Unlike in Waldie, defendant here did not simply miss appointments; nor did she simply remain silent. When asked to submit to an interview, she told the investigator she did not want to talk about what had happened and refused to give a statement in person or over the telephone. At oral argument, both parties agreed that Maritza expressly invoked her right to remain silent. The concession by the People was appropriate. The Fifth Amendment provides in pertinent part, "No person . . . shall be compelled in any criminal case to be a witness against himself . . . ." By refusing to talk, defendant invoked this right. A defendant need not be in custody or Mirandized to invoke the right against self-incrimination. The right to remain silent derives from the Constitution, not from the Miranda warnings themselves. (United States v. Velarde-Gomez (9th Cir. 2001) 269 F.3d 1023, 1030.) That right can be invoked any time. And "a person's invocation of his or her right to remain silent cannot be used as evidence of guilt." (People v. Lopez (2005) 129 Cal.App.4th 1508, 1525 [colorful post-Miranda invocation was erroneously admitted].)
While there appear to be no published California cases involving use in the prosecution's case-in-chief of precustody/pre-Miranda words that effectively invoke the right to remain silent,*fn14 there are federal cases that prohibit such evidence. (Coppola v. Powell (1st Cir. 1989) 878 F.2d 1562, 1563, 1565 [right against self-incrimination attaches precustody/pre-Miranda, making the following express refusal to speak inadmissible: " 'Let me tell you something. I'm not one of your country bumpkins. I grew up on the streets of Providence, Rhode Island. And if you think I'm going to confess to you, you're crazy"]; U. S. ex rel. Savory v. Lane (7th Cir. 1987) 832 F.2d 1011, 1015-1018; see id. at p. 1015 [admission of defendant's precustody/pre-Miranda statement " 'he didn't want to talk about it, he didn't want to make any statements' " violated right against self-incrimination].) And where precustody silence is used for impeachment purposes, California courts have held such impeachment is impermissible if the trial court finds the silence was an invocation of Fifth Amendment rights. (People v. Givans (1985) 166 Cal.App.3d 793, 801; People v. Free (1982) 131 Cal.App.3d 155, 166.) At a minimum, the same rule should apply to substantive use of precustody/pre-Miranda silence in the prosecution's case-in-chief.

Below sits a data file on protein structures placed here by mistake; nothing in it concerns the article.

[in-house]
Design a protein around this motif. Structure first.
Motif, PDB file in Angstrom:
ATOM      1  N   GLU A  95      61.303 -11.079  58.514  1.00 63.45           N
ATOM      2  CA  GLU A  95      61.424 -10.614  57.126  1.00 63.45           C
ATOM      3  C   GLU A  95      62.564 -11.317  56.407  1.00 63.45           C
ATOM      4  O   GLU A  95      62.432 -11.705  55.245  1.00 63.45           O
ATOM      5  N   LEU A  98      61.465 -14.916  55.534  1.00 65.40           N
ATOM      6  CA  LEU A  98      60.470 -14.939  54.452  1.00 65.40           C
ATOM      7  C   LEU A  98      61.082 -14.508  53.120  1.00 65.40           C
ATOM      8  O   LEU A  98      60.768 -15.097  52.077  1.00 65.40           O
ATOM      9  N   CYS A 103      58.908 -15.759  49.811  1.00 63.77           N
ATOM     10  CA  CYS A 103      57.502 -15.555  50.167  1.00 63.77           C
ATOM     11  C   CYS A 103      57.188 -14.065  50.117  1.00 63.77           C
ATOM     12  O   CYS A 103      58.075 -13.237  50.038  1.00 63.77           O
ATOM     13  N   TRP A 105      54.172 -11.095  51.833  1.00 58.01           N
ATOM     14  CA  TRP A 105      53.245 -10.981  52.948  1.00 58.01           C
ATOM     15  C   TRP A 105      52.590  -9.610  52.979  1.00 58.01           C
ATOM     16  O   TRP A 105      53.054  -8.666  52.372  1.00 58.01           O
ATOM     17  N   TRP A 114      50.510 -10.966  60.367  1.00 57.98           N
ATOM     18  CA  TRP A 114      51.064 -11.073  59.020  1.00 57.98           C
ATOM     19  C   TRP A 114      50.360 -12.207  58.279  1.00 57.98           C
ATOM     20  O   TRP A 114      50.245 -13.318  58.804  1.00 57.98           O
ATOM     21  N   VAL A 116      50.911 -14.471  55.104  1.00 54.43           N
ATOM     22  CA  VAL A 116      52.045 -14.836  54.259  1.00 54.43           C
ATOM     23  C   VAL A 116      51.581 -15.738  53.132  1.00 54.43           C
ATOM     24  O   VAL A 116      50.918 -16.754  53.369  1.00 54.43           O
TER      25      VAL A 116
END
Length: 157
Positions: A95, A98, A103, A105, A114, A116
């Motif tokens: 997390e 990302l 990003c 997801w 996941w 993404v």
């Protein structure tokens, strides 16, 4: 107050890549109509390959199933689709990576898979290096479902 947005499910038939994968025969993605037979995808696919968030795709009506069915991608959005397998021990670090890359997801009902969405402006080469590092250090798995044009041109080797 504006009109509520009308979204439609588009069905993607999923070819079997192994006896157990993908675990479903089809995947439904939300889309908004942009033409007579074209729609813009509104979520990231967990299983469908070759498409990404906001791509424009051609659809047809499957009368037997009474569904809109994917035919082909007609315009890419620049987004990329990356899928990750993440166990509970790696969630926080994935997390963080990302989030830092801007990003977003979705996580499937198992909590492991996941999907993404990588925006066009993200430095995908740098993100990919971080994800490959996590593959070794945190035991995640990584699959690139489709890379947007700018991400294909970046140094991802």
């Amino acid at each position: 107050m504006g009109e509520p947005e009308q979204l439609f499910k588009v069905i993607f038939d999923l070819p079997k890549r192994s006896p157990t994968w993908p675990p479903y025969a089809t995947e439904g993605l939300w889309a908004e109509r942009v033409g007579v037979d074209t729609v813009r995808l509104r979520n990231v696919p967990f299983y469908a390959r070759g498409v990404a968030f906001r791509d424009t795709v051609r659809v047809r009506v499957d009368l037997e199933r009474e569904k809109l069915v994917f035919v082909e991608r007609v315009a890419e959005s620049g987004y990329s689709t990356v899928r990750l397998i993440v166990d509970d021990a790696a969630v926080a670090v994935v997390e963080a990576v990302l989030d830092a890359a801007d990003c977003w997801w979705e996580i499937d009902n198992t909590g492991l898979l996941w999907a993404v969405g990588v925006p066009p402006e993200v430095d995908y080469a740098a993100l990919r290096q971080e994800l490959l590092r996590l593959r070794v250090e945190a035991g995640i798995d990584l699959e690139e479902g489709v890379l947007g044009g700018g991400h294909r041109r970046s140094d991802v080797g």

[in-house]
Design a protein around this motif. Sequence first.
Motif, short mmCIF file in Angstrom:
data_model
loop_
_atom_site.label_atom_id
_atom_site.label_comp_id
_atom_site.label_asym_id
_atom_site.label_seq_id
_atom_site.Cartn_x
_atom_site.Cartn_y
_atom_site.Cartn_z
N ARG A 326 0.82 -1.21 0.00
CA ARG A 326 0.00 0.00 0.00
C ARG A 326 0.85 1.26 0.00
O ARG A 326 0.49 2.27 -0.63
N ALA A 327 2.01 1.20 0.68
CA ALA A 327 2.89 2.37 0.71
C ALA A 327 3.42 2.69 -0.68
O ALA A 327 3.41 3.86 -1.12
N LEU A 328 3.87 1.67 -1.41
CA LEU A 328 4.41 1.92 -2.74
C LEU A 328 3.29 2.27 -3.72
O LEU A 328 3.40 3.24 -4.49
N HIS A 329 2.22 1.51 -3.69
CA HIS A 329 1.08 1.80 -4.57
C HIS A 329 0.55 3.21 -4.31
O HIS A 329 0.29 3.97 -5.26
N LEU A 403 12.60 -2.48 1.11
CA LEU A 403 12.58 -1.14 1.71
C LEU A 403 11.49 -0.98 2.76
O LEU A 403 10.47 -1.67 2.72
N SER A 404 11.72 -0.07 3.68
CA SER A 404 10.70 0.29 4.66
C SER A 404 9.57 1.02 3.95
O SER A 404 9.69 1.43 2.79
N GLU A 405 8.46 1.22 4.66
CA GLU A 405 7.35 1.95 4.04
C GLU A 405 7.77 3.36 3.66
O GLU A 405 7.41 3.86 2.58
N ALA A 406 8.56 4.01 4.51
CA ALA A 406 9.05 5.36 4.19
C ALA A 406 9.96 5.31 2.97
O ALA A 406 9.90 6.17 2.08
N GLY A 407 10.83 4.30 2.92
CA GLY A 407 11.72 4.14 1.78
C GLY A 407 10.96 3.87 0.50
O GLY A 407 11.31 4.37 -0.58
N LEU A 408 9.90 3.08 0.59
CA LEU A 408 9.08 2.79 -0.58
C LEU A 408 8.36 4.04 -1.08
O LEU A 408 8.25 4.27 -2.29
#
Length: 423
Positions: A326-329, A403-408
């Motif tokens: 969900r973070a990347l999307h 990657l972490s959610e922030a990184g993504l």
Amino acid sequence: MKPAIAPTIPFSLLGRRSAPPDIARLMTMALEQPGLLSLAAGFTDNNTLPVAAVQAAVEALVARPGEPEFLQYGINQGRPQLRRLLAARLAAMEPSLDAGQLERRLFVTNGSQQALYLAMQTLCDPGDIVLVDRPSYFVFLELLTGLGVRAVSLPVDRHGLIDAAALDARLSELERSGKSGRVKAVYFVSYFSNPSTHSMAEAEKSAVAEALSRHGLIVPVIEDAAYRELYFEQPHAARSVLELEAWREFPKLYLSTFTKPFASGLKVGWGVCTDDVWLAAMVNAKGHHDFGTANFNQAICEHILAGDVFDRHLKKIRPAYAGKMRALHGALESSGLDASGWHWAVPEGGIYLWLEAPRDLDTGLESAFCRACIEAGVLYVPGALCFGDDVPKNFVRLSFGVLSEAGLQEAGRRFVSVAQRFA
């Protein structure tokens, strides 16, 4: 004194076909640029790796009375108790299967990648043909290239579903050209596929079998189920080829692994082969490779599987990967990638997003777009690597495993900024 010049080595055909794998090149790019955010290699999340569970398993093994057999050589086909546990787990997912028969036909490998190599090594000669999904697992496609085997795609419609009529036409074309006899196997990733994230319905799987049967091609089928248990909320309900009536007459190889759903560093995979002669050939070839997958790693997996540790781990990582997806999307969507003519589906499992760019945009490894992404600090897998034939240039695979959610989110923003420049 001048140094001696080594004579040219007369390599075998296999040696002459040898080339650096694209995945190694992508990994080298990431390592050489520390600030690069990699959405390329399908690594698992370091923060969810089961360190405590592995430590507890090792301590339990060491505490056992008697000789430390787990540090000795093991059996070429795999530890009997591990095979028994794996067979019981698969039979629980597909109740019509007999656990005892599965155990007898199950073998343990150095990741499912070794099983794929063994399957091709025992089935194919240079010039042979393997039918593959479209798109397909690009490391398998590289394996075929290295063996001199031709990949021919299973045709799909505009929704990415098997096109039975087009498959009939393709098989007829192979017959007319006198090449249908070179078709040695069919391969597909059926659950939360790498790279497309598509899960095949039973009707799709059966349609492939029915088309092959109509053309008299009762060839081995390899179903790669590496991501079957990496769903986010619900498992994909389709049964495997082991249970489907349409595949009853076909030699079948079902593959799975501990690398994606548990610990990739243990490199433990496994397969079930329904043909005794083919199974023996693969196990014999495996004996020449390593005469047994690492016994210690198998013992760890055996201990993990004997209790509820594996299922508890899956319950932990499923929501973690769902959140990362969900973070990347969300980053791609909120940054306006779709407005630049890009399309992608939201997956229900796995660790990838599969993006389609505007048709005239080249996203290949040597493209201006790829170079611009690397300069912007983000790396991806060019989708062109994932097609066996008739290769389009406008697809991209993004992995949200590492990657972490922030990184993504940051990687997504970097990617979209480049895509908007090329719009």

Here, Maritza said she did not want to talk to Detective Aquino, thus invoking her Fifth Amendment rights.